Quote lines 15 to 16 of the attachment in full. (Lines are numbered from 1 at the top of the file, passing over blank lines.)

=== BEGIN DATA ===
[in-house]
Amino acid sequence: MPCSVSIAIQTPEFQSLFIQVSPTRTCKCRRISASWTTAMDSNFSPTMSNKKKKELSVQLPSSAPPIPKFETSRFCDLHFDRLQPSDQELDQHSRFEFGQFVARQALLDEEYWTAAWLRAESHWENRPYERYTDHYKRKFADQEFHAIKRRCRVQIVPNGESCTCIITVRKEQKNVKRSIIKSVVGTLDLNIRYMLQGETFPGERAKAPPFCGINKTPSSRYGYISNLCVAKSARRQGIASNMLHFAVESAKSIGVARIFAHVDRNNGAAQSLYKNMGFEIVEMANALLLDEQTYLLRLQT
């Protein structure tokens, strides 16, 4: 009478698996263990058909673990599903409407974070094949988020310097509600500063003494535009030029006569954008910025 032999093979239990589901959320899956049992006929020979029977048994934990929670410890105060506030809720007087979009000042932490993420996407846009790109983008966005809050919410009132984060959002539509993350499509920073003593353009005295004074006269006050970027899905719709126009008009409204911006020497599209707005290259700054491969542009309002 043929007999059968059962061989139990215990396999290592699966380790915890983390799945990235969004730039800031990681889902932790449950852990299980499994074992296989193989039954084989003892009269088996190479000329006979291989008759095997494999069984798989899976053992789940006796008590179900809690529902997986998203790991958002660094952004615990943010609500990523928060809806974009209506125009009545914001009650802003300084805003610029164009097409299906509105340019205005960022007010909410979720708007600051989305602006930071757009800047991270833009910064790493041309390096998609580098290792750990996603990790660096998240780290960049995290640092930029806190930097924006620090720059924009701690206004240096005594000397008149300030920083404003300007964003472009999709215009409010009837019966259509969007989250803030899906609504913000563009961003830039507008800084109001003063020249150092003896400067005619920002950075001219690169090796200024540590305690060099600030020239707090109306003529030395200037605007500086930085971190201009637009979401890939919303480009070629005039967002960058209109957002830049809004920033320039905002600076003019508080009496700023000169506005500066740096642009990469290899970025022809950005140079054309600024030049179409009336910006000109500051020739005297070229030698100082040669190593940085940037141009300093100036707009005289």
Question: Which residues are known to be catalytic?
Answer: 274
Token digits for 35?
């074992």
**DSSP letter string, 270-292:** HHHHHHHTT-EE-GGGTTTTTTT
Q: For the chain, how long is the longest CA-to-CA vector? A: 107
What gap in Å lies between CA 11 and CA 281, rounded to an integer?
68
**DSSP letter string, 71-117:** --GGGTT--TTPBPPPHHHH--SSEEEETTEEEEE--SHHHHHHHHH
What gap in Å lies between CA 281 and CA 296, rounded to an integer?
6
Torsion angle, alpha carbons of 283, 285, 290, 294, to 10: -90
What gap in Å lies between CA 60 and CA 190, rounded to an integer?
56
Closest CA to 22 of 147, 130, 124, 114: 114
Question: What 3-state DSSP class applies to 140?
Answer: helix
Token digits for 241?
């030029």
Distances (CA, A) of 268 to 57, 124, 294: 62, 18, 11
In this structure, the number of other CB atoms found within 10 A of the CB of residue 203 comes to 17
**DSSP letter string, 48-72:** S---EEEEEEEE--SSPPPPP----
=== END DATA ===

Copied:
Torsion angle, alpha carbons of 283, 285, 290, 294, to 10: -90
What gap in Å lies between CA 60 and CA 190, rounded to an integer?